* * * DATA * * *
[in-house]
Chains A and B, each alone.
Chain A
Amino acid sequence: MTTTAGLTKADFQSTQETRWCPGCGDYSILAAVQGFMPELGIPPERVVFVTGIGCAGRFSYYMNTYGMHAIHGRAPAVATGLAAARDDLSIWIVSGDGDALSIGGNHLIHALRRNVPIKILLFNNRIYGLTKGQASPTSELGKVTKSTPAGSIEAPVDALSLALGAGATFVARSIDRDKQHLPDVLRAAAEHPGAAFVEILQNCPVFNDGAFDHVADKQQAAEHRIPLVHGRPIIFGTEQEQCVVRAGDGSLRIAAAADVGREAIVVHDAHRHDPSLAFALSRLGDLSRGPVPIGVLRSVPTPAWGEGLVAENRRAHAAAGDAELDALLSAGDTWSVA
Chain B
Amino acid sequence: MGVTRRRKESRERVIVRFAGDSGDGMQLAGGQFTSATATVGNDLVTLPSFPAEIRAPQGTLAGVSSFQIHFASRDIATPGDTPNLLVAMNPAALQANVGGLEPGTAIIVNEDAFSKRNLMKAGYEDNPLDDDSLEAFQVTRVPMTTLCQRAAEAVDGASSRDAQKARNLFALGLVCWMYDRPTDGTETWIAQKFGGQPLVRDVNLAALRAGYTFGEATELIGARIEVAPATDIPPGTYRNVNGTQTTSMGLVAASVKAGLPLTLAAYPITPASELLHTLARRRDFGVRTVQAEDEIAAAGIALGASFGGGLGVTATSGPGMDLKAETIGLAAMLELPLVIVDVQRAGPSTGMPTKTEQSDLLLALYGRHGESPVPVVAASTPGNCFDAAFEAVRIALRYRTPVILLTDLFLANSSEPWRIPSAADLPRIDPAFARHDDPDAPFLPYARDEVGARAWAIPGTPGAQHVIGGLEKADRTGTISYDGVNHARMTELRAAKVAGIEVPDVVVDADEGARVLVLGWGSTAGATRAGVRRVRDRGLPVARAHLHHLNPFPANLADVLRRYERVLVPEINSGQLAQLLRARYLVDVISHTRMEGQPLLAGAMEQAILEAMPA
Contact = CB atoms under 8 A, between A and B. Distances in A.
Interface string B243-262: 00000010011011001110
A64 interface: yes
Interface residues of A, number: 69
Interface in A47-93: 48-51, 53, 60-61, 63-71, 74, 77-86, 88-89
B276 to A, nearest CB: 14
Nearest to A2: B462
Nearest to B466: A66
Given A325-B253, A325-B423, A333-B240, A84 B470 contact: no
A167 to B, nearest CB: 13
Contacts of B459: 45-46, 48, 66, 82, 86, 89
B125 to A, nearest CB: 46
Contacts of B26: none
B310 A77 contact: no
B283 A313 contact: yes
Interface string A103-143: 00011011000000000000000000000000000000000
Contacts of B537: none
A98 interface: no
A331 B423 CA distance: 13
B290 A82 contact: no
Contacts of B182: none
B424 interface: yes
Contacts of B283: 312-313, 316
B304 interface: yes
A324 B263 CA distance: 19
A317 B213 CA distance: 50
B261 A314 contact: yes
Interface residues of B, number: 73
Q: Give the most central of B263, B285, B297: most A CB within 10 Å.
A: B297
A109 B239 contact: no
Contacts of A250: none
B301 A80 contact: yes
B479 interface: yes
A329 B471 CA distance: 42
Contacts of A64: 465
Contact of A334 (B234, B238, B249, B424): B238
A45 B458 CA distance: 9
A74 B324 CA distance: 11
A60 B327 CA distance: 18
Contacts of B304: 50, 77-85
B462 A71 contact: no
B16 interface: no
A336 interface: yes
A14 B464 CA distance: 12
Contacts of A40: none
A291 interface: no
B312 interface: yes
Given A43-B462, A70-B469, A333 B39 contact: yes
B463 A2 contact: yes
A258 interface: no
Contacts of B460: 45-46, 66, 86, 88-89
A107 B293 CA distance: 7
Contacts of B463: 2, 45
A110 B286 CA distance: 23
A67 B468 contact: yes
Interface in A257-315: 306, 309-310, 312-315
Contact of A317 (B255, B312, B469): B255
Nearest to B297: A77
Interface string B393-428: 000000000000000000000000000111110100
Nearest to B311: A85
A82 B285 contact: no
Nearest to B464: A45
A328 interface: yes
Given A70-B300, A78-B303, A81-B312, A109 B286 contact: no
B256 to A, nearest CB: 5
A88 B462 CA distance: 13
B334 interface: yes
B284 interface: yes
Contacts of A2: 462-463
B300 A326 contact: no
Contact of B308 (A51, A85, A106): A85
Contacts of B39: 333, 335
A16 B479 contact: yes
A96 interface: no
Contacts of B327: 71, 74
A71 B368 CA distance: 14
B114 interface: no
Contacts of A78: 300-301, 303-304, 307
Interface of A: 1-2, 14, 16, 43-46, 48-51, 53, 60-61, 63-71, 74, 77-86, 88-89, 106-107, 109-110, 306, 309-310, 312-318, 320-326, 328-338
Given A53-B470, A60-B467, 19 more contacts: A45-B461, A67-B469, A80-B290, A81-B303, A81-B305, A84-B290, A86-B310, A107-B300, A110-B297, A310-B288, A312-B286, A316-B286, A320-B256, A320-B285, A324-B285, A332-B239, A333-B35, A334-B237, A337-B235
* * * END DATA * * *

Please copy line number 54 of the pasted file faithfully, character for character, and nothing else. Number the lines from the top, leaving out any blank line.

B312 interface: yes